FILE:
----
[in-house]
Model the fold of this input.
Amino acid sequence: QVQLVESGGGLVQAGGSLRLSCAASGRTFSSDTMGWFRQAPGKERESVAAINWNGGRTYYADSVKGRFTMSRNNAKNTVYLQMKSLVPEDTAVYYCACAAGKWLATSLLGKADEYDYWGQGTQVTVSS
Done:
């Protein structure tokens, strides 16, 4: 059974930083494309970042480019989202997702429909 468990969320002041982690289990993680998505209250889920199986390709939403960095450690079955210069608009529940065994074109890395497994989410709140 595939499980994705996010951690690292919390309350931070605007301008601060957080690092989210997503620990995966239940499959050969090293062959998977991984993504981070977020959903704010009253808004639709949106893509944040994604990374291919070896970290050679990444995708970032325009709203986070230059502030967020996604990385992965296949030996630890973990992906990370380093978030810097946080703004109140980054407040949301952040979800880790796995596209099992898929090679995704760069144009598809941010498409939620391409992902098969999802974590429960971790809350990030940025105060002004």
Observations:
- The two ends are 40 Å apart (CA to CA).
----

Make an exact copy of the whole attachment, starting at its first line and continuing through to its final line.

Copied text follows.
[in-house]
Model the fold of this input.
Amino acid sequence: QVQLVESGGGLVQAGGSLRLSCAASGRTFSSDTMGWFRQAPGKERESVAAINWNGGRTYYADSVKGRFTMSRNNAKNTVYLQMKSLVPEDTAVYYCACAAGKWLATSLLGKADEYDYWGQGTQVTVSS
Done:
């Protein structure tokens, strides 16, 4: 059974930083494309970042480019989202997702429909 468990969320002041982690289990993680998505209250889920199986390709939403960095450690079955210069608009529940065994074109890395497994989410709140 595939499980994705996010951690690292919390309350931070605007301008601060957080690092989210997503620990995966239940499959050969090293062959998977991984993504981070977020959903704010009253808004639709949106893509944040994604990374291919070896970290050679990444995708970032325009709203986070230059502030967020996604990385992965296949030996630890973990992906990370380093978030810097946080703004109140980054407040949301952040979800880790796995596209099992898929090679995704760069144009598809941010498409939620391409992902098969999802974590429960971790809350990030940025105060002004």
Observations:
- The two ends are 40 Å apart (CA to CA).